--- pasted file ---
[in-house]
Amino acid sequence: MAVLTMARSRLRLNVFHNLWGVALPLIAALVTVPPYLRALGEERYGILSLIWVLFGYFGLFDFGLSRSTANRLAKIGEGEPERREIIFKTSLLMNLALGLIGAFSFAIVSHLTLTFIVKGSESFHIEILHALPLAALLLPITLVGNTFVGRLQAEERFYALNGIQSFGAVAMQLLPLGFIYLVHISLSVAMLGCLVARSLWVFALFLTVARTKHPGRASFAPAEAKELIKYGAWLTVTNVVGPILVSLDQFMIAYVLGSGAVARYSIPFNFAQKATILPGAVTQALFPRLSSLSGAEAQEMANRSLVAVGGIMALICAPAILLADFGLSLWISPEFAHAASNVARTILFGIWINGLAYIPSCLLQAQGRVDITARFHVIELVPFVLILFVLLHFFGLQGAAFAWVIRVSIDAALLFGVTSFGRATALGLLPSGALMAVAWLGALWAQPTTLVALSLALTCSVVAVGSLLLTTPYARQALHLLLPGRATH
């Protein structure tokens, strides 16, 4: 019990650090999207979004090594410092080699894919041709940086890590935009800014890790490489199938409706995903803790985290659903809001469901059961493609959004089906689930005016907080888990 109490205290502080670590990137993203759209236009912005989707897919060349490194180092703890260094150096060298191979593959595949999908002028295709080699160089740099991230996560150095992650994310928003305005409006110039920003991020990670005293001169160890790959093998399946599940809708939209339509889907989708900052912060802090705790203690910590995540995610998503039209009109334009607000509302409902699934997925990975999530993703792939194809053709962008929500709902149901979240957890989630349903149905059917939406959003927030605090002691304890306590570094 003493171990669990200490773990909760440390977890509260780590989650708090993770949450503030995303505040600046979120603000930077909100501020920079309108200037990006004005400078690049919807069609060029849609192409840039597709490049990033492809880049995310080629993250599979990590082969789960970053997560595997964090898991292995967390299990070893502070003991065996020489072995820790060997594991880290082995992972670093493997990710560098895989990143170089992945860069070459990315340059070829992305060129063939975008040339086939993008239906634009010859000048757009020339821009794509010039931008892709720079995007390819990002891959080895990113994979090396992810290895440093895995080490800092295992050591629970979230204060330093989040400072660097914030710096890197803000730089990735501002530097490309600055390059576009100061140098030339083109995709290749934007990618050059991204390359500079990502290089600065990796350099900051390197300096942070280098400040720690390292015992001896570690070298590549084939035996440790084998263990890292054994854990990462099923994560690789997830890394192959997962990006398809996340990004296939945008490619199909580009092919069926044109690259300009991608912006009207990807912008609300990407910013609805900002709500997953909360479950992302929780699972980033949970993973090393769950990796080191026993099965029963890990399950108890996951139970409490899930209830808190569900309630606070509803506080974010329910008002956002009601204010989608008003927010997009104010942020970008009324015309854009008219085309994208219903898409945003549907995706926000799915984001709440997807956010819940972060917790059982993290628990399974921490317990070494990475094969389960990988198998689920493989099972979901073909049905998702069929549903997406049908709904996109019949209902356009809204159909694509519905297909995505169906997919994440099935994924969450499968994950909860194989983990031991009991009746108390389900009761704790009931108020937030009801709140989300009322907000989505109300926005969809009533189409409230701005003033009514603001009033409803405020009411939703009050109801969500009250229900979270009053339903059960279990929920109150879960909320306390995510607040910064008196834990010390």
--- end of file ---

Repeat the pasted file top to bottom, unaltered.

[in-house]
Amino acid sequence: MAVLTMARSRLRLNVFHNLWGVALPLIAALVTVPPYLRALGEERYGILSLIWVLFGYFGLFDFGLSRSTANRLAKIGEGEPERREIIFKTSLLMNLALGLIGAFSFAIVSHLTLTFIVKGSESFHIEILHALPLAALLLPITLVGNTFVGRLQAEERFYALNGIQSFGAVAMQLLPLGFIYLVHISLSVAMLGCLVARSLWVFALFLTVARTKHPGRASFAPAEAKELIKYGAWLTVTNVVGPILVSLDQFMIAYVLGSGAVARYSIPFNFAQKATILPGAVTQALFPRLSSLSGAEAQEMANRSLVAVGGIMALICAPAILLADFGLSLWISPEFAHAASNVARTILFGIWINGLAYIPSCLLQAQGRVDITARFHVIELVPFVLILFVLLHFFGLQGAAFAWVIRVSIDAALLFGVTSFGRATALGLLPSGALMAVAWLGALWAQPTTLVALSLALTCSVVAVGSLLLTTPYARQALHLLLPGRATH
């Protein structure tokens, strides 16, 4: 019990650090999207979004090594410092080699894919041709940086890590935009800014890790490489199938409706995903803790985290659903809001469901059961493609959004089906689930005016907080888990 109490205290502080670590990137993203759209236009912005989707897919060349490194180092703890260094150096060298191979593959595949999908002028295709080699160089740099991230996560150095992650994310928003305005409006110039920003991020990670005293001169160890790959093998399946599940809708939209339509889907989708900052912060802090705790203690910590995540995610998503039209009109334009607000509302409902699934997925990975999530993703792939194809053709962008929500709902149901979240957890989630349903149905059917939406959003927030605090002691304890306590570094 003493171990669990200490773990909760440390977890509260780590989650708090993770949450503030995303505040600046979120603000930077909100501020920079309108200037990006004005400078690049919807069609060029849609192409840039597709490049990033492809880049995310080629993250599979990590082969789960970053997560595997964090898991292995967390299990070893502070003991065996020489072995820790060997594991880290082995992972670093493997990710560098895989990143170089992945860069070459990315340059070829992305060129063939975008040339086939993008239906634009010859000048757009020339821009794509010039931008892709720079995007390819990002891959080895990113994979090396992810290895440093895995080490800092295992050591629970979230204060330093989040400072660097914030710096890197803000730089990735501002530097490309600055390059576009100061140098030339083109995709290749934007990618050059991204390359500079990502290089600065990796350099900051390197300096942070280098400040720690390292015992001896570690070298590549084939035996440790084998263990890292054994854990990462099923994560690789997830890394192959997962990006398809996340990004296939945008490619199909580009092919069926044109690259300009991608912006009207990807912008609300990407910013609805900002709500997953909360479950992302929780699972980033949970993973090393769950990796080191026993099965029963890990399950108890996951139970409490899930209830808190569900309630606070509803506080974010329910008002956002009601204010989608008003927010997009104010942020970008009324015309854009008219085309994208219903898409945003549907995706926000799915984001709440997807956010819940972060917790059982993290628990399974921490317990070494990475094969389960990988198998689920493989099972979901073909049905998702069929549903997406049908709904996109019949209902356009809204159909694509519905297909995505169906997919994440099935994924969450499968994950909860194989983990031991009991009746108390389900009761704790009931108020937030009801709140989300009322907000989505109300926005969809009533189409409230701005003033009514603001009033409803405020009411939703009050109801969500009250229900979270009053339903059960279990929920109150879960909320306390995510607040910064008196834990010390």